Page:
Sunday, April 4, 2010

Senate Reform - Let's Look to South Africa!

I think everyone here in Canada realizes the need to take a good, long look at our Senate, and figure out its future. It's silly to continue with the current status quo, seeing how easy it is to abuse it, how weak the arguments of "representation" are, and serious questions about whether it even fulfills its role anymore as a chamber of sober second thought, or at least of provincial representation.

Personally, I'm a big fan of creating an elected Senate. Nick Boragina of recently posted a hypothetical election of our Senate based on what is known as the "D'Hondt" system, which is what the Australians use. The results were pretty cool, if I must say so myself.

However, I get the feeling that not only is adding an extra election a bit of a pain, but it also somewhat dilutes the purpose. We can see the results of an elected Senate down south, and I personally want nothing to do with that. If we do go the route of an elected Senate, we best make sure it is nothing like the American system.

But, there is another, more compromising way to deal with Senate reform. I invite you to take a look at South Africa's National Council of Provinces.

In the NCOP (as we'll know refer to it), each of South Africa's nine provinces have equal representation. Seeing as there is 90 seats, that means each province gets 10 seats.

The NCOP itself is indirect, meaning that South Africans do not elect their NCOP Members. Instead, Members are chosen based on the distribution of seats within the provincial assemblies. For example, in the Western Cape province, the Democratic Alliance (woot!) controls 22 seats out of 42, or 52%, in the provincial assembly. That translates into 5.2 seats in the NCOP - or, to round properly, 5 seats. The opposition African National Congress controls 14 seats, or 33%. They get 3 seats in the NCOP. And on it goes for all other parties in all other provinces.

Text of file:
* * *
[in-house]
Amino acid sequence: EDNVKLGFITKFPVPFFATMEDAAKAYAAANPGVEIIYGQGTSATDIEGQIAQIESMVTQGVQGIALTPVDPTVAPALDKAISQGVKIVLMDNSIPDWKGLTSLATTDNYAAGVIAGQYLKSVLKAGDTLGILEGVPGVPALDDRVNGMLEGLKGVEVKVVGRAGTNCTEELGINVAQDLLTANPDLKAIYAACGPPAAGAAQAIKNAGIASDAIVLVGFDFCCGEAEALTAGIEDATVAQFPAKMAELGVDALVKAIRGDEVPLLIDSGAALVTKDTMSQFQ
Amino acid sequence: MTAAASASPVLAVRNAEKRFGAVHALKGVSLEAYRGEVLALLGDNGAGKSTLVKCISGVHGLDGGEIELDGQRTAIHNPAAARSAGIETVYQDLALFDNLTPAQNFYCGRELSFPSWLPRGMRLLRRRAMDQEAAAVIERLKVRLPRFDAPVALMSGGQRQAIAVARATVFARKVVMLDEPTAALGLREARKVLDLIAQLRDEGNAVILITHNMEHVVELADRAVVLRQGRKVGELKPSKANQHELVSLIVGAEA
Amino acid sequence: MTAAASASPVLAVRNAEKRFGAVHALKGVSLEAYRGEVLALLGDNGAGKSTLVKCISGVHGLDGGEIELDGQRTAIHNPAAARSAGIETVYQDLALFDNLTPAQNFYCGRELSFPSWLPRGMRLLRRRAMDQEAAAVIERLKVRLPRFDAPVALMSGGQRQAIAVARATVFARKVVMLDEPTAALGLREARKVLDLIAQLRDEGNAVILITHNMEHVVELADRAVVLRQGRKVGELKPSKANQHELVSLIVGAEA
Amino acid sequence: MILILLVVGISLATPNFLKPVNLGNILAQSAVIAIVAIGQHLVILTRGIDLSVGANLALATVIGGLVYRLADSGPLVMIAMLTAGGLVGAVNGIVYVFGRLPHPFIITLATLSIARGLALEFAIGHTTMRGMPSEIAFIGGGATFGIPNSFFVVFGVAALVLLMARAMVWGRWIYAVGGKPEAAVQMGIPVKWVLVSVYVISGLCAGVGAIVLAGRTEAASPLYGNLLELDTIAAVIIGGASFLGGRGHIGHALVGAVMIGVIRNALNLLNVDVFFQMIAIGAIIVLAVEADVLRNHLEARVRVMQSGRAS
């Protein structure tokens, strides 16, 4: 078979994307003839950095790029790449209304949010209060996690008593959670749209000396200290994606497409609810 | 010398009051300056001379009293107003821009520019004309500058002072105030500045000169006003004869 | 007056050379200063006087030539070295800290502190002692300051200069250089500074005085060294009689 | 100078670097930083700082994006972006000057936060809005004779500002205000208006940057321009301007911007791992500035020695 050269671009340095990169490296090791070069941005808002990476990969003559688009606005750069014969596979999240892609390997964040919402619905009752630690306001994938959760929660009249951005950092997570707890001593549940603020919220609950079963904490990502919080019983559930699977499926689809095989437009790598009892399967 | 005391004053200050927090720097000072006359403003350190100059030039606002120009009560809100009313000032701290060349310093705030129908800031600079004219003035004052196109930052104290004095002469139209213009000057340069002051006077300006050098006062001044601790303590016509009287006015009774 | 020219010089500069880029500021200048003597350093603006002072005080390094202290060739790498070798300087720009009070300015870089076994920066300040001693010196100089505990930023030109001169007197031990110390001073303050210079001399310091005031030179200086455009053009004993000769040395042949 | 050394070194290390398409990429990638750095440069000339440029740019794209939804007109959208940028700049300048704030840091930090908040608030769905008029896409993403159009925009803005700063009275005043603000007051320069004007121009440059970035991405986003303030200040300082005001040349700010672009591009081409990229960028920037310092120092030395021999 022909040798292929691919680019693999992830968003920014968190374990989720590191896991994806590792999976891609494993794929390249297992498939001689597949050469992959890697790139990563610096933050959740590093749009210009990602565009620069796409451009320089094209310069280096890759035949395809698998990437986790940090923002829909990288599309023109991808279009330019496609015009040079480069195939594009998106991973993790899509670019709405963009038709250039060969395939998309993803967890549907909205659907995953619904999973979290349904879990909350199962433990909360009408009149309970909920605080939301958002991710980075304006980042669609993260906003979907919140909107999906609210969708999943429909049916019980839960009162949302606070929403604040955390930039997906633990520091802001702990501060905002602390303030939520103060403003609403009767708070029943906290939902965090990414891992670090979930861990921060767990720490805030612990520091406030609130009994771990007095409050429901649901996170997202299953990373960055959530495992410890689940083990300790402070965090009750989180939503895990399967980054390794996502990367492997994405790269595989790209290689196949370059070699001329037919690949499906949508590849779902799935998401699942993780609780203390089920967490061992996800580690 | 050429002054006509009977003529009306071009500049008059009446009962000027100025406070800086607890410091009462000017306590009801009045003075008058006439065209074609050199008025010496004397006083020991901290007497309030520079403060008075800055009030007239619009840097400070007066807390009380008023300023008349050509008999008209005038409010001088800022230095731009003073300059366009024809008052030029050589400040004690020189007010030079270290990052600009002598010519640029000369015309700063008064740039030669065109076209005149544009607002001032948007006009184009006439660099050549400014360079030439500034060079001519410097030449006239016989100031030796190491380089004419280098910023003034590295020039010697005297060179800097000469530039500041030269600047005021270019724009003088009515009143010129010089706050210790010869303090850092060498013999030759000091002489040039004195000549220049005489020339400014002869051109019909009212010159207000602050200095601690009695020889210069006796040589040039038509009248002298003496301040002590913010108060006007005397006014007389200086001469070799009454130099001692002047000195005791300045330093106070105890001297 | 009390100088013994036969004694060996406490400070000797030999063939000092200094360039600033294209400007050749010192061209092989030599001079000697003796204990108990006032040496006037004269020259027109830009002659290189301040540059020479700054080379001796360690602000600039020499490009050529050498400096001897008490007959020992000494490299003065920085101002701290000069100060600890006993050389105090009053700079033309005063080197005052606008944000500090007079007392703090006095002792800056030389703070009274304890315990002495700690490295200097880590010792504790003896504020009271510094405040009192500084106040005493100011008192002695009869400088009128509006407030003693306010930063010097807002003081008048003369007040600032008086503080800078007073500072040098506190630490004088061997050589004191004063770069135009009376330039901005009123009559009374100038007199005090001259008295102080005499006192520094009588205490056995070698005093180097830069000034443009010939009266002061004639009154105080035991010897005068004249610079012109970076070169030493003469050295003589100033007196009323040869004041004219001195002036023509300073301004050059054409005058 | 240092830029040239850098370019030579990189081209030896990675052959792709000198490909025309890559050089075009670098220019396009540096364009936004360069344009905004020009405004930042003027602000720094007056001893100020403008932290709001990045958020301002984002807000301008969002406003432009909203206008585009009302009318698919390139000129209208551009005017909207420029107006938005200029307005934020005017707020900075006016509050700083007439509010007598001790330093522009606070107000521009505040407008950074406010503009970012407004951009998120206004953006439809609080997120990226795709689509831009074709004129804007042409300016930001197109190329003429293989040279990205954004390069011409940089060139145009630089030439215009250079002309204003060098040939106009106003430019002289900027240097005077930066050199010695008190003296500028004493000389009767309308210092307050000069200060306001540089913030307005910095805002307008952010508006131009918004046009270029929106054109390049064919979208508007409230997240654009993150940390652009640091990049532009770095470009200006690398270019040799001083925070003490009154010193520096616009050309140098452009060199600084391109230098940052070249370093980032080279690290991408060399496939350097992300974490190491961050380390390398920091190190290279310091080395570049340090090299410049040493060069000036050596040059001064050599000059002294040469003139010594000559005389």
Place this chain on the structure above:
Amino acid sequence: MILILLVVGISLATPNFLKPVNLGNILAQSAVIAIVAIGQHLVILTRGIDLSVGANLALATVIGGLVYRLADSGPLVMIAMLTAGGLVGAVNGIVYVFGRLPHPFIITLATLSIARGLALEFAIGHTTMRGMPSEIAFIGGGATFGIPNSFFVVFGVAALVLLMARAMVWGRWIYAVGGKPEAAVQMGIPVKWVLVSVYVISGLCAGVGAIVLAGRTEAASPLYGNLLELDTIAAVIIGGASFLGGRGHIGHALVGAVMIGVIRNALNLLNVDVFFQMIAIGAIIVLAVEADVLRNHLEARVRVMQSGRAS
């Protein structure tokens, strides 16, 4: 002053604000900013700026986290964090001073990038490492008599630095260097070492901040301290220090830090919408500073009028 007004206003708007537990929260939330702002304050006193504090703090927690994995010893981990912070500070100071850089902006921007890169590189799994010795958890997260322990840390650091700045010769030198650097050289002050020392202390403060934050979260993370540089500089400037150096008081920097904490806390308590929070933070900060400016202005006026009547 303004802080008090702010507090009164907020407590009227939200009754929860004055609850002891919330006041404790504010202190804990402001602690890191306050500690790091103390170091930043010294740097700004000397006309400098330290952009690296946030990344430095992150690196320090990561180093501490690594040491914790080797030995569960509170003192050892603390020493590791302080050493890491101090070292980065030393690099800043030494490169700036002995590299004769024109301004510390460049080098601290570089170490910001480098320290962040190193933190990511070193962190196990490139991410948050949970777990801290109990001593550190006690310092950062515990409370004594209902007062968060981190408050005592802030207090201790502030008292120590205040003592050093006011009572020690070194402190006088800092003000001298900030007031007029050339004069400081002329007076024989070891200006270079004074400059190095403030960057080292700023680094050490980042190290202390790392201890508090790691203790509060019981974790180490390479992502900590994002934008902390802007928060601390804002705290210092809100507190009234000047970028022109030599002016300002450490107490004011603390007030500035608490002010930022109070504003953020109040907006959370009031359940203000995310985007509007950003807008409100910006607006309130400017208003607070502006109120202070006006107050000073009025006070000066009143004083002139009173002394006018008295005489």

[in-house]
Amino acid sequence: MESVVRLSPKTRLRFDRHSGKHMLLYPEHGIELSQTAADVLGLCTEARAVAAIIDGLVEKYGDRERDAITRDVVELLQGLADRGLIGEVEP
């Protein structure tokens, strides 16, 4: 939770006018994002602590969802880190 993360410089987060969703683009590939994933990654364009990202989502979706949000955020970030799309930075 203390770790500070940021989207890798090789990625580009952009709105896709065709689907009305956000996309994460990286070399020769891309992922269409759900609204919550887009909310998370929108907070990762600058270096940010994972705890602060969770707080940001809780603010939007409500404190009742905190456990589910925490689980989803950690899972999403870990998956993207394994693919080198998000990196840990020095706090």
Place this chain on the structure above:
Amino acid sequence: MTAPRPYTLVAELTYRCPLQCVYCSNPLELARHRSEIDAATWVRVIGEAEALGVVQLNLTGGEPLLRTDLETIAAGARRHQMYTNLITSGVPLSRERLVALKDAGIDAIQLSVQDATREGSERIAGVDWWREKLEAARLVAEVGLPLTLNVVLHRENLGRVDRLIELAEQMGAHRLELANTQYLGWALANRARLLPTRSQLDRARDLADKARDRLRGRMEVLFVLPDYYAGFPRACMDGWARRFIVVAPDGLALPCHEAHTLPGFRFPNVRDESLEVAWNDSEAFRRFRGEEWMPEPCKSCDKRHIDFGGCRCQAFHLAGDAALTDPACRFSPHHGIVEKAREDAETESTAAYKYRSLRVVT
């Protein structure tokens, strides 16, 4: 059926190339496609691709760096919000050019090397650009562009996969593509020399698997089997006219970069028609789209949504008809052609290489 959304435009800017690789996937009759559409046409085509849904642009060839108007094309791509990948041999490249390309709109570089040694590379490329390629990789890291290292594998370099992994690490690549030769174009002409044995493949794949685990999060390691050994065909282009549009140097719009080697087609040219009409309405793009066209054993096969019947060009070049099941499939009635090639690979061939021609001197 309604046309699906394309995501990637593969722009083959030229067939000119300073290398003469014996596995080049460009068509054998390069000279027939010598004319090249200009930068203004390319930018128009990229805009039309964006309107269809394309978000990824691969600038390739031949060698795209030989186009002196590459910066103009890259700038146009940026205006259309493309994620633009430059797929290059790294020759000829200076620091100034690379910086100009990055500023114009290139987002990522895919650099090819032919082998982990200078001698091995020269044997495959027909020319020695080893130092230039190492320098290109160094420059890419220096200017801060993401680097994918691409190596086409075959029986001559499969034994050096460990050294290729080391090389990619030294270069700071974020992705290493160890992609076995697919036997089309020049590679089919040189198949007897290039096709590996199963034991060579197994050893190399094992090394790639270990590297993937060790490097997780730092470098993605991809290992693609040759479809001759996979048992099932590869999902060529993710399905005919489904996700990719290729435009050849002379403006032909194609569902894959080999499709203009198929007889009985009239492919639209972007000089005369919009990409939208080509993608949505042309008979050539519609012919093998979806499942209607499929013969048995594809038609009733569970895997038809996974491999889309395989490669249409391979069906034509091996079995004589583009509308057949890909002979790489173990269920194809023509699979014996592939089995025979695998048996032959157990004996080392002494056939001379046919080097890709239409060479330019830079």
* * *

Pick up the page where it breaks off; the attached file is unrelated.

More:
Furthermore, if I understand correctly, all premiers similarly get a seat (called apart of the "Delegations"). This means there are 9 Delegate Members, 8 of which are ANC, one of which is DA.

So, how would this translate to Canadian politics? Well, let's say that each province gets 10 members, while each territory gets one (the Yukon, while it does elect parties, will be left out just to make this a little simpler for right now). That means there is 103 Senators - down two from the current 105 (oh noes). Also, members will be decided after each provincial election, which means by-elections or defections in between which change the make-up of the assembly won't count.

Assuming that all provincial parties agree to elect Senators on behalf of their federal counterparts, we get this result:

BC: Libs 6, NDP 4
AL: Cons 8, Libs 1, NDP 1
SK: Cons 7, NDP 3 (While the Sask. Party isn't part of the Conservatives, they're close enough)
MN: NDP 6, Cons 3, Libs 1
ON: Libs 7, Cons 2, NDP 1
QC: Libs 5, Bloc 4, ADQ/Cons 1
NB: Libs 5, Cons 5
NS: NDP 6, Libs 2, Cons 2
PE: Libs 9, Cons 1
NL: Cons 9, Libs 1
Territories: 3 Independents or self-designated

In total, we get 38 Conservatives, 37 Liberals, 21 New Democrats, 4 Bloc, and 3 Independents/Self-Designates. For the "Premiers Delegation," we get 5 Libs, 4 Cons (including Yukon's Fentie), 2 NDP, and 2 Territorial. Compare that to the current Senate make-up (51 Cons, 49 Libs, 5 Independents), and it seems pretty representative of the voter's choices if you ask me. It also gives the NDP the balance of power, since by working with either the Cons or the Libs, they can power through legislation.

Though, to make a further point, it is equal representation - meaning Ontario has the same amount of votes as the much smaller PEI, which can present its own problems.

However, making it proportional to the population also defeats the purpose. The House of Commons, more or less, does that exact thing, where Ontario gets 106 seats, compared to PEI's 4. The Senate, however, should be representative of the provinces themselves. This way, the much larger provinces can't bully the smaller provinces out of everything. Instead, Senators from Ontario can team up with Senators from PEI to win together.

It isn't perfect, I know, but its better than the current system. By giving the provincial legislatures the power of representation, we're allowing all parties the chance to be represented. No one really loses out.

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